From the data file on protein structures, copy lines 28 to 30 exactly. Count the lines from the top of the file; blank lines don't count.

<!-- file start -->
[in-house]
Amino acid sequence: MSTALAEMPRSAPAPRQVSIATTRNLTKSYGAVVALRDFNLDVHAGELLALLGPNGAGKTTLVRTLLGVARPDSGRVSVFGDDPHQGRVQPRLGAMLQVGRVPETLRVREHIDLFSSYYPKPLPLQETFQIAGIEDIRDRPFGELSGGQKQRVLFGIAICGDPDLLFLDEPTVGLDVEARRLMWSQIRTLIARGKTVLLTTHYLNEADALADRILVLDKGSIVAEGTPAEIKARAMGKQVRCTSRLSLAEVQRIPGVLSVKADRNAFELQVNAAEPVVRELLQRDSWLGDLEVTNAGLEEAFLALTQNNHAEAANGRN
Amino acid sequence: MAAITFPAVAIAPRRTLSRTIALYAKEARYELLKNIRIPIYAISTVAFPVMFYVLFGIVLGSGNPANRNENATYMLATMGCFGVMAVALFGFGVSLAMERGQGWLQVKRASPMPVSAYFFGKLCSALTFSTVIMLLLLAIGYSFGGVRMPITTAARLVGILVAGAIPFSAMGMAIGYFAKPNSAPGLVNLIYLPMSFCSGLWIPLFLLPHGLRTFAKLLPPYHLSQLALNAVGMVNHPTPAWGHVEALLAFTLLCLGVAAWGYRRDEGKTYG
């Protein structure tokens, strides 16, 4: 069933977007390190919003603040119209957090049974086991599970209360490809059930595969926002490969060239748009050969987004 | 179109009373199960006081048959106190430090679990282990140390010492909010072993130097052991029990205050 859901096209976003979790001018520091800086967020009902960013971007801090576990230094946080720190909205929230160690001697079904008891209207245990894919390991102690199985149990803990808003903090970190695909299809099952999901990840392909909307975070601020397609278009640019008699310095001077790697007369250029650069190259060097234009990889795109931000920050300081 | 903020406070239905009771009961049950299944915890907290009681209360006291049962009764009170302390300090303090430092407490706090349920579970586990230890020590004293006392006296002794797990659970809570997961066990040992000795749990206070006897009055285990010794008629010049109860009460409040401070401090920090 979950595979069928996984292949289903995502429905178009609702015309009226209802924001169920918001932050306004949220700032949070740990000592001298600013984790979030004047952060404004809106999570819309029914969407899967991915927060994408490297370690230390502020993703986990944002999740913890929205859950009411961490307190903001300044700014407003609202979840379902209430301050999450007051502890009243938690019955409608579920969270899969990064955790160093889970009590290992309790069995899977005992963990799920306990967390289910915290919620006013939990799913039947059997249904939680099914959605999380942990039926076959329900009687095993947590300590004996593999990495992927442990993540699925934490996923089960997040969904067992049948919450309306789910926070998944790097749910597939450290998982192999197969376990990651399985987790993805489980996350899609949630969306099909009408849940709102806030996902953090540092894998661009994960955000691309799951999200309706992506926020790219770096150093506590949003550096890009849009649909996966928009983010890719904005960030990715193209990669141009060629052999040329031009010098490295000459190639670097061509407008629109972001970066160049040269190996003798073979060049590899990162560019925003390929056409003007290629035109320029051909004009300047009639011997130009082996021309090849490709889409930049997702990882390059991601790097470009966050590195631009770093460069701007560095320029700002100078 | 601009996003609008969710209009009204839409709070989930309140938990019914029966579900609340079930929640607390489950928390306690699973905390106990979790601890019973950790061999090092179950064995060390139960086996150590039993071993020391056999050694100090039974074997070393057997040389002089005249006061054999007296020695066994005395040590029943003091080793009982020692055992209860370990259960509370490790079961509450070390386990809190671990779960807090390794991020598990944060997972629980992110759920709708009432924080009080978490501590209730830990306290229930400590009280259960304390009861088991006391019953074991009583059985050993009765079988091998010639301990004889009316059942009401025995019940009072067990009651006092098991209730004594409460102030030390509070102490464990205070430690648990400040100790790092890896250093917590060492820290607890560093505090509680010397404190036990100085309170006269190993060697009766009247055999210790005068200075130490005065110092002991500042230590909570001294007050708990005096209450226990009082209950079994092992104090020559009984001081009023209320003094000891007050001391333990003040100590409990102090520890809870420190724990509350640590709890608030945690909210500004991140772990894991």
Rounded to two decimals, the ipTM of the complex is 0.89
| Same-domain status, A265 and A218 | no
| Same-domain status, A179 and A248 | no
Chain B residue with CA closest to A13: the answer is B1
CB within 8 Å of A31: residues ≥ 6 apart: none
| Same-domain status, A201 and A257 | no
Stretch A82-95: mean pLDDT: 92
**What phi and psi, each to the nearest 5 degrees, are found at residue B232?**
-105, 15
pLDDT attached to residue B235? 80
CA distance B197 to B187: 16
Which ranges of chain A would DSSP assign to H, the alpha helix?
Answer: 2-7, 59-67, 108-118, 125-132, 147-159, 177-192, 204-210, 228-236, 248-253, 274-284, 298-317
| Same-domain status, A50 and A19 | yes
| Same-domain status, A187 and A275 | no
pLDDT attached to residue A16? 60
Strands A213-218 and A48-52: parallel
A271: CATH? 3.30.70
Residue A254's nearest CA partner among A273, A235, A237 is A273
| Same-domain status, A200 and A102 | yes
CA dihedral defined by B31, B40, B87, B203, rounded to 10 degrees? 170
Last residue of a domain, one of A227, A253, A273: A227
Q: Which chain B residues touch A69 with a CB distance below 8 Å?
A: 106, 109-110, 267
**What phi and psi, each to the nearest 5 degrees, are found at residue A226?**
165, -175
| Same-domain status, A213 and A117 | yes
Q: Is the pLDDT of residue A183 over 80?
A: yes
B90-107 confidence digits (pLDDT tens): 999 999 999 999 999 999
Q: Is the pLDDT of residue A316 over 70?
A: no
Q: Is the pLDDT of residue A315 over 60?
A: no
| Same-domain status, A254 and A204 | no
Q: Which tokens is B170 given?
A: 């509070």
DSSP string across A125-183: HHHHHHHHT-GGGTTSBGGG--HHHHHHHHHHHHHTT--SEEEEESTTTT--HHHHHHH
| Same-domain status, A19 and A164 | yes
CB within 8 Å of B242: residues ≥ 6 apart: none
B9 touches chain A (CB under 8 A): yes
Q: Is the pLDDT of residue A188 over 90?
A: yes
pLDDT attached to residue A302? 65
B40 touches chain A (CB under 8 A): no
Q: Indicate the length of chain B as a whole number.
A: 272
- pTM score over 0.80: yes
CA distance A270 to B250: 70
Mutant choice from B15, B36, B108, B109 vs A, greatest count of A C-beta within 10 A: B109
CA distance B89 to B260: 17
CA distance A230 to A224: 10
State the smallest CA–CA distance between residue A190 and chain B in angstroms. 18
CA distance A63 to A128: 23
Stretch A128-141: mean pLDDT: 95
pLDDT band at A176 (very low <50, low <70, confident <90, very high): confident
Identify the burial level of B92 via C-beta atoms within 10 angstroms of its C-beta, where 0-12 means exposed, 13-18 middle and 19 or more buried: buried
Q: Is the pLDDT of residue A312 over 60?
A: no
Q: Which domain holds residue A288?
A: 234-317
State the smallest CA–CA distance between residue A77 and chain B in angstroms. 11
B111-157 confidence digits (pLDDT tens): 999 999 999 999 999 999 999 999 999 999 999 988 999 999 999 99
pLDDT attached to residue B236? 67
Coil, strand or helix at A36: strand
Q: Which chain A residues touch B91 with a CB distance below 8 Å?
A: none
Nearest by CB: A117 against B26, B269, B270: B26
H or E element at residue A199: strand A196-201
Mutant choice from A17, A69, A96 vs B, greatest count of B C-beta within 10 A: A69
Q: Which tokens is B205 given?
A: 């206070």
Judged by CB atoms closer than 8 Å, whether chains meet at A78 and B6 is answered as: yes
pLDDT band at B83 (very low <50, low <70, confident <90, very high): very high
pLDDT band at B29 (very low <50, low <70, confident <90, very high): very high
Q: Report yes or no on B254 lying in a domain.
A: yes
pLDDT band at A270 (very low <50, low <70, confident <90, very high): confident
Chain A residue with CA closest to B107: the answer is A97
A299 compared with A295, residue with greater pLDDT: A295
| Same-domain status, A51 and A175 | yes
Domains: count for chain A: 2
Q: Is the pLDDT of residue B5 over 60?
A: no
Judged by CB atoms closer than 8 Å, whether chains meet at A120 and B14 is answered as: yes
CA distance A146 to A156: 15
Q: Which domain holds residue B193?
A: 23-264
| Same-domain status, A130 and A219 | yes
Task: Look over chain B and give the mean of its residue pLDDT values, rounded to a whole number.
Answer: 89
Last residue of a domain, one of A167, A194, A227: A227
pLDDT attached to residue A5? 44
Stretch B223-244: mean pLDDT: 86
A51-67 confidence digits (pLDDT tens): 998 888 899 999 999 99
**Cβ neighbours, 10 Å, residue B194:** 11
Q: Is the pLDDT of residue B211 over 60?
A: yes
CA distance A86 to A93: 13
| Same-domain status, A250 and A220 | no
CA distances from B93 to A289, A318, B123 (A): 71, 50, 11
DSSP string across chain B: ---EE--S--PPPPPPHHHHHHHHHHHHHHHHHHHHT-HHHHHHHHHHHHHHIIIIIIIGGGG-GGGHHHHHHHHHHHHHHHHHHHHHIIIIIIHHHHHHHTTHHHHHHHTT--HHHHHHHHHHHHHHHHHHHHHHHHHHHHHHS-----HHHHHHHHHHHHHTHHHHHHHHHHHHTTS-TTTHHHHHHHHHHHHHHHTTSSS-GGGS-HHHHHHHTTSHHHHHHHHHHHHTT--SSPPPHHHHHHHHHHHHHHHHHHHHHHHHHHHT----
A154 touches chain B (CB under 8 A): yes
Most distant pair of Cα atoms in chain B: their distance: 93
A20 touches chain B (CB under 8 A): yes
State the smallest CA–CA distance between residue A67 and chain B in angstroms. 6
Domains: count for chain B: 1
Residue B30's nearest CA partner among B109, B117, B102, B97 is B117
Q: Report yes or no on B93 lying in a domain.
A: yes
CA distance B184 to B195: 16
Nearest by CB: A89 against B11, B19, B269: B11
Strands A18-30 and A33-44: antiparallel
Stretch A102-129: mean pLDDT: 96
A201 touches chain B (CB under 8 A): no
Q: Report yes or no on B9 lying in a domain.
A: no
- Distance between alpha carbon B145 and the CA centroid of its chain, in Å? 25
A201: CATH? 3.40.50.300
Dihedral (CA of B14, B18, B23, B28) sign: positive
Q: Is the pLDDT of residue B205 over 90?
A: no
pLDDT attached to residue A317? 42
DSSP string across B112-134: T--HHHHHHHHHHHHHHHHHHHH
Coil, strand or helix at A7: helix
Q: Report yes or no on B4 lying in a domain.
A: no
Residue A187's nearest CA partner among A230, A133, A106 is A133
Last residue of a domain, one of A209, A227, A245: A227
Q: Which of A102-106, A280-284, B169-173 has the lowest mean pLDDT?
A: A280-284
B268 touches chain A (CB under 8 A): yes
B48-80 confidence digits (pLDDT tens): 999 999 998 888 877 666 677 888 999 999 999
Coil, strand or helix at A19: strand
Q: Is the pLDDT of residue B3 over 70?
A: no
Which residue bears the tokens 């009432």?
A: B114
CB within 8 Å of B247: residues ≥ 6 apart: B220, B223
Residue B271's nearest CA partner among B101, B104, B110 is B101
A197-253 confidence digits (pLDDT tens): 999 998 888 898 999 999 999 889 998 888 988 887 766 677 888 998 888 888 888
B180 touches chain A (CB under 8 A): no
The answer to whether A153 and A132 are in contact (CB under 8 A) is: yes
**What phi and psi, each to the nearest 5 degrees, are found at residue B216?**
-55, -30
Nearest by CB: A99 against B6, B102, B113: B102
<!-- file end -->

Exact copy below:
A: 106, 109-110, 267
**What phi and psi, each to the nearest 5 degrees, are found at residue A226?**
165, -175